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'It was nothing but hell to deal with Air India'

April 16, 2012 14:29 IST

In May 2010, India witnessed one its worst air crashes. The Air India Express flight carrying 166 passengers and about six crew members overshot the runway at Bajpe airport near Mangalore and crashed, leaving nearly 160 passengers dead.

Two years on, amidst the insurmountable grief, the victims' families have been waging a very ugly battle for compensation. While Air India says that says that it has settled 138 cases till now, the victims, while quoting the Montreal convention, say that justice is yet to be done.

In an interview to's Vicky Nanjappa, Mohammad Beary, who represents the victims as president of the Mangalore Air Crash Victims Family Association, explains the manner in which Air India has been trying to settle the dues without adhering to the Montreal convention.

Air India claims that it has settled most of the cases. What are your comments on this?

We held a meeting a couple of days back after hearing about this. We have decided to ascertain this information and will be seeking the information under the Right to Information Act. We need to know how many people have been given compensation and also the amount that has been paid so far.

How has the journey been so far?

Not easy. We have struggled a lot.

At what stage is the litigation at now?

We had approached the Kerala High Court and have now filed a special leave petition in the Supreme Court. The high court division bench ruled that those who have already claimed the compensation are at liberty to file a suit before the court seeking enhancement of compensation.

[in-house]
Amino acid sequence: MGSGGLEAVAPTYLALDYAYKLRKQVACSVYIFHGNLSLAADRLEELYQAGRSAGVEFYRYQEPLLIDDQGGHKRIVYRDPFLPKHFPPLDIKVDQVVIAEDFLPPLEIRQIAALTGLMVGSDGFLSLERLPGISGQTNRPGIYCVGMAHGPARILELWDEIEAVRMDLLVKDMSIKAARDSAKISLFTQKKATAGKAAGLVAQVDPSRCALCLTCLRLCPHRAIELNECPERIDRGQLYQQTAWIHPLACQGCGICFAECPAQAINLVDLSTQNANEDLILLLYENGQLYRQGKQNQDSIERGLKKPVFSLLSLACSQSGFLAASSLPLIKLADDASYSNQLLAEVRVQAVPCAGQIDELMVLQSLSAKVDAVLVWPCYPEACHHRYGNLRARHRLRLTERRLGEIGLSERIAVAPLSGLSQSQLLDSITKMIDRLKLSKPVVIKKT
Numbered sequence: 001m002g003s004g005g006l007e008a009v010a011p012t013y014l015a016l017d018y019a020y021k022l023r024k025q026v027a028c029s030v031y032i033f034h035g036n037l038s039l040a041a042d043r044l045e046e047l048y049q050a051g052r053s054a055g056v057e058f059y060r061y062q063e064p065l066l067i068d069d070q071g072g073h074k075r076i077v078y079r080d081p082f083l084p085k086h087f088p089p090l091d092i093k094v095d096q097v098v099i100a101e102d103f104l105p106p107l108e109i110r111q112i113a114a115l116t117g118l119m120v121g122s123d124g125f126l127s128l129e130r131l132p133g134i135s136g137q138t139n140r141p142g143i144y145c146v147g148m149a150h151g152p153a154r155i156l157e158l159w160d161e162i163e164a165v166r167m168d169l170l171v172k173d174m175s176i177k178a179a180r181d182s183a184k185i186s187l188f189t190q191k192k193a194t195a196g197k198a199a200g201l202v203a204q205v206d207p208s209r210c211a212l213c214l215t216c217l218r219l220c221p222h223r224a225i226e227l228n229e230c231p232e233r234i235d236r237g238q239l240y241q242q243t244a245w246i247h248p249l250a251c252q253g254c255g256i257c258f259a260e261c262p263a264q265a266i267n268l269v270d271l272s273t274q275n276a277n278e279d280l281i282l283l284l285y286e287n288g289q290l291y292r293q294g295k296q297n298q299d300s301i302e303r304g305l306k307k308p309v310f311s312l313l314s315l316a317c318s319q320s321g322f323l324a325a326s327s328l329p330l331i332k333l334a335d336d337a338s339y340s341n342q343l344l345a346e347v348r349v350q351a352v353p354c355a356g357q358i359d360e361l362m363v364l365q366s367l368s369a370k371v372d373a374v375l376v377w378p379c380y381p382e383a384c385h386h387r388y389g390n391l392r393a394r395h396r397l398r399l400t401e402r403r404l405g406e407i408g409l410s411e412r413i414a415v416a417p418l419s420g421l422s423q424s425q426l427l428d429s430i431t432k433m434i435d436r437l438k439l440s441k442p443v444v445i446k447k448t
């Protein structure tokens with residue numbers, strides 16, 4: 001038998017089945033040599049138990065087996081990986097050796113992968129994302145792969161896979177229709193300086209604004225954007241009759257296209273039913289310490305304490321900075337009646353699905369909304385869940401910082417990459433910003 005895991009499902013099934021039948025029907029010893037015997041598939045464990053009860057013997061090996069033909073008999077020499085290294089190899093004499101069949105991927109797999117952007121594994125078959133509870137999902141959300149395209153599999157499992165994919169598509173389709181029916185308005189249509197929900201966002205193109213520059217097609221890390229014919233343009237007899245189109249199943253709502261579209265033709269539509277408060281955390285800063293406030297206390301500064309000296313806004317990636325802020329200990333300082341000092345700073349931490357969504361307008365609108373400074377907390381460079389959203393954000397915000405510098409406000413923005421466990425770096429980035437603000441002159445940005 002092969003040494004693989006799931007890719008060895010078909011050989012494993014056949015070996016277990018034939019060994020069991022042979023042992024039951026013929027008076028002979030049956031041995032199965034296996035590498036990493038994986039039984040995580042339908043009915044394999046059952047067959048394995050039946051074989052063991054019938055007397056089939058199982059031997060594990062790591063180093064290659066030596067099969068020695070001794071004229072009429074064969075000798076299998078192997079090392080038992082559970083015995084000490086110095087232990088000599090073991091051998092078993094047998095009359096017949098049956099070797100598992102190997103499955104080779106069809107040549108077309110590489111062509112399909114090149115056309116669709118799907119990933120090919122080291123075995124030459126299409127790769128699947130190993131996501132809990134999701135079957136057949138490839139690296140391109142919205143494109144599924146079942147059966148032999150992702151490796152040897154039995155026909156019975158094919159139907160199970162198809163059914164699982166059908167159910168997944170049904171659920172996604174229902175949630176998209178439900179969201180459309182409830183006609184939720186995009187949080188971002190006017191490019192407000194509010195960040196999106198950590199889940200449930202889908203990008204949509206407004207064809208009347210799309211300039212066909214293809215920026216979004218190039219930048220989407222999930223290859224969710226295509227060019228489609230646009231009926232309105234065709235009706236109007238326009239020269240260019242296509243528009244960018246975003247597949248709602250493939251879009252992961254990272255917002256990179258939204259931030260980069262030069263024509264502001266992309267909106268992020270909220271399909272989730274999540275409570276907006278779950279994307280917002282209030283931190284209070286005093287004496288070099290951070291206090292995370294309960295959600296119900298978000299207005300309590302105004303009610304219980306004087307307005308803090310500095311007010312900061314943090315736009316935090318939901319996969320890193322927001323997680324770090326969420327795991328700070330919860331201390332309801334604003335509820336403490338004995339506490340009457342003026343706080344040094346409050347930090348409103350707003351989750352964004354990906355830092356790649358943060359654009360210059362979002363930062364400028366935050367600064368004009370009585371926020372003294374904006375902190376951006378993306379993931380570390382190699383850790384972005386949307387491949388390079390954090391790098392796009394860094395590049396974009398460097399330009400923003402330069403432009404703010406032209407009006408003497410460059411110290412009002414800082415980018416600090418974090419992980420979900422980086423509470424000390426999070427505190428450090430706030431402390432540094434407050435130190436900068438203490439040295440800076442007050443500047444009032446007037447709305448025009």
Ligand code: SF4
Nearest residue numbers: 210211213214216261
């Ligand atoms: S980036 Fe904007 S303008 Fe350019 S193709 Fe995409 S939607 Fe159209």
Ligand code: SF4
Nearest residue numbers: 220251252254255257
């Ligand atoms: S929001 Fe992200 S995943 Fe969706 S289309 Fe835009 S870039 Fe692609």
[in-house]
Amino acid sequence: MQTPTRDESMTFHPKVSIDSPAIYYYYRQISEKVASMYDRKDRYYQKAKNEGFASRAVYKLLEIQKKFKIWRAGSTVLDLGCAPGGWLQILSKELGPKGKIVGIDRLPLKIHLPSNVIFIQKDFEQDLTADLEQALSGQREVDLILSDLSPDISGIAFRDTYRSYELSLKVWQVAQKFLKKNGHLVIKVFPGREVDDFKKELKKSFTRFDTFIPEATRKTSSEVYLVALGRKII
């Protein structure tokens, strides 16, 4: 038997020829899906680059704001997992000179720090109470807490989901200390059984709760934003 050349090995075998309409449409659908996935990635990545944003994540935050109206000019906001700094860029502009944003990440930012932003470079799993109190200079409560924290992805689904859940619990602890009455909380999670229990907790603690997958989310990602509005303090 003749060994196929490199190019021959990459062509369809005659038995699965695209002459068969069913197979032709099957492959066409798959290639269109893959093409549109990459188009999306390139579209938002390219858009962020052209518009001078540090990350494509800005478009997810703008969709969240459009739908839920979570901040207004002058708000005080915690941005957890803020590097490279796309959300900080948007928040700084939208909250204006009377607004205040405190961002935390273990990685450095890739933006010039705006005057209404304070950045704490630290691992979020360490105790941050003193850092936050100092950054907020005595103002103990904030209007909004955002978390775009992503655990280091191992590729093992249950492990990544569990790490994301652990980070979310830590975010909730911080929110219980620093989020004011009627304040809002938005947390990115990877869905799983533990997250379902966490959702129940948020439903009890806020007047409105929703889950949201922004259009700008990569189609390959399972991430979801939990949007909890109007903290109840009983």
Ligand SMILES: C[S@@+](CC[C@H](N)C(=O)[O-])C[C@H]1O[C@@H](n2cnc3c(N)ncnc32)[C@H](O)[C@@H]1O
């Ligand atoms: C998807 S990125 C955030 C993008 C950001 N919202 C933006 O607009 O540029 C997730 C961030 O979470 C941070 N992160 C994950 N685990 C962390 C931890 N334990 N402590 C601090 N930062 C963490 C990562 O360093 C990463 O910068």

What are your demands?

We have demanded a minimum of Rs 1 lakh as special drawing right.

Are your entitled to claim so much?

Yes, we are. The report to the government of India states that there was a pilot error and as per the Montreal Convention in such cases, compensation would have no limit. It has to be decided either by a court or a negotiating committee

What kind of compensation has been given till now?

In some cases, they have given Rs 75 lakh as compensation. In case of women and children, Rs 30 lakh and Rs 25 lakh have been given as compensation. We do not agree with this. The process has not been fair. The compensation has been on the basis of income and in many cases while computing the income, the victims have not been in a position to give the exact income as per their certificate. 

What does the Montreal convention have to say about this exactly?

As per the Montreal Convention, the economic loss and also the non-economic losses have to be computed while granting compensation.

What is non-economic loss?

Non-economic loss includes separation of family, grief and mental trauma. In this case, this aspect has not been considered. That's why we are unhappy with the manner in which this issue has been dealt.

The high court gives you the option to seek enhanced compensation. What is the problem then?

It is not all that easy. Some cannot afford the cost of the lawsuit.

If some victims are unhappy with the compensation, why did they accept it in the first place?

You cannot fault them for doing that. They have undergone trauma. There was a lot that changed in their lives. Life had to go on and some had urgent commitments. There were issues such as old-age parents, medical treatments, construction of houses that were half done, bank loans and education for their children.

Has Air India been receptive? What has their body language been all through the case?

Initially, it was nothing but hell to deal with them. There was no humanity or kindness. However, today things have changed a bit; they are better to deal with.

Vicky Nanjappa